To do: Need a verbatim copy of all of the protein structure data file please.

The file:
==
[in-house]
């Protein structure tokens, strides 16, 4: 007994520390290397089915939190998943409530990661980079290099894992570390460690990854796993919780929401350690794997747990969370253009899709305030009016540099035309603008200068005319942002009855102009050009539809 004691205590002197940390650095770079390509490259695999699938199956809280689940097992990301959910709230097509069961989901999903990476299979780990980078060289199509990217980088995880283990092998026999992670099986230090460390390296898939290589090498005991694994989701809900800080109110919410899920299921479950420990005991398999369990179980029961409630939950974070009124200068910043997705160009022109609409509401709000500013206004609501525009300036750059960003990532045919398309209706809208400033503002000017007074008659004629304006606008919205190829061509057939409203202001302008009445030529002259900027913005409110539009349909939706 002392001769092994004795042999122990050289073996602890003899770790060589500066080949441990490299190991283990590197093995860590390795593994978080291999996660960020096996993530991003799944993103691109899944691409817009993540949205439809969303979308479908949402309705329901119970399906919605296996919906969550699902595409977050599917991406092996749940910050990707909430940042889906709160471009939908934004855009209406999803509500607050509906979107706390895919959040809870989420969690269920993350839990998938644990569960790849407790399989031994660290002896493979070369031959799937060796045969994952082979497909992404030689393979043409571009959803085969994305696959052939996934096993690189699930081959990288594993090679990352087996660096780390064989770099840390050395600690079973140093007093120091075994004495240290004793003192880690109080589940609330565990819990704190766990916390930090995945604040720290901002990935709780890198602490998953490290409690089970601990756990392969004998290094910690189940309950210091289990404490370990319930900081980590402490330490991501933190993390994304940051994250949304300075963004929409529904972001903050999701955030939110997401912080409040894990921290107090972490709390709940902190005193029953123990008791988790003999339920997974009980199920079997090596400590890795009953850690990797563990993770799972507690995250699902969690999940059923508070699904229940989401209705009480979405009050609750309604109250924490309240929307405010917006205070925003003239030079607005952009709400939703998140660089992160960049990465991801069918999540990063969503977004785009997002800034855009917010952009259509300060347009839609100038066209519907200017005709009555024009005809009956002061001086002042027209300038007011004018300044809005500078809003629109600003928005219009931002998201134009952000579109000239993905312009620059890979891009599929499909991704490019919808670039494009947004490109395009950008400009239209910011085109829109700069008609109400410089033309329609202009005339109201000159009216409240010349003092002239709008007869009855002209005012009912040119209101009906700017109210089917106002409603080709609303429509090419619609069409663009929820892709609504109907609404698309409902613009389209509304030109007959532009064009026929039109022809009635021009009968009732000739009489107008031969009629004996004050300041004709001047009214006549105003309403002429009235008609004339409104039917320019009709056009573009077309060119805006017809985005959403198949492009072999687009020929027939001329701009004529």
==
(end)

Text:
[in-house]
């Protein structure tokens, strides 16, 4: 007994520390290397089915939190998943409530990661980079290099894992570390460690990854796993919780929401350690794997747990969370253009899709305030009016540099035309603008200068005319942002009855102009050009539809 004691205590002197940390650095770079390509490259695999699938199956809280689940097992990301959910709230097509069961989901999903990476299979780990980078060289199509990217980088995880283990092998026999992670099986230090460390390296898939290589090498005991694994989701809900800080109110919410899920299921479950420990005991398999369990179980029961409630939950974070009124200068910043997705160009022109609409509401709000500013206004609501525009300036750059960003990532045919398309209706809208400033503002000017007074008659004629304006606008919205190829061509057939409203202001302008009445030529002259900027913005409110539009349909939706 002392001769092994004795042999122990050289073996602890003899770790060589500066080949441990490299190991283990590197093995860590390795593994978080291999996660960020096996993530991003799944993103691109899944691409817009993540949205439809969303979308479908949402309705329901119970399906919605296996919906969550699902595409977050599917991406092996749940910050990707909430940042889906709160471009939908934004855009209406999803509500607050509906979107706390895919959040809870989420969690269920993350839990998938644990569960790849407790399989031994660290002896493979070369031959799937060796045969994952082979497909992404030689393979043409571009959803085969994305696959052939996934096993690189699930081959990288594993090679990352087996660096780390064989770099840390050395600690079973140093007093120091075994004495240290004793003192880690109080589940609330565990819990704190766990916390930090995945604040720290901002990935709780890198602490998953490290409690089970601990756990392969004998290094910690189940309950210091289990404490370990319930900081980590402490330490991501933190993390994304940051994250949304300075963004929409529904972001903050999701955030939110997401912080409040894990921290107090972490709390709940902190005193029953123990008791988790003999339920997974009980199920079997090596400590890795009953850690990797563990993770799972507690995250699902969690999940059923508070699904229940989401209705009480979405009050609750309604109250924490309240929307405010917006205070925003003239030079607005952009709400939703998140660089992160960049990465991801069918999540990063969503977004785009997002800034855009917010952009259509300060347009839609100038066209519907200017005709009555024009005809009956002061001086002042027209300038007011004018300044809005500078809003629109600003928005219009931002998201134009952000579109000239993905312009620059890979891009599929499909991704490019919808670039494009947004490109395009950008400009239209910011085109829109700069008609109400410089033309329609202009005339109201000159009216409240010349003092002239709008007869009855002209005012009912040119209101009906700017109210089917106002409603080709609303429509090419619609069409663009929820892709609504109907609404698309409902613009389209509304030109007959532009064009026929039109022809009635021009009968009732000739009489107008031969009629004996004050300041004709001047009214006549105003309403002429009235008609004339409104039917320019009709056009573009077309060119805006017809985005959403198949492009072999687009020929027939001329701009004529």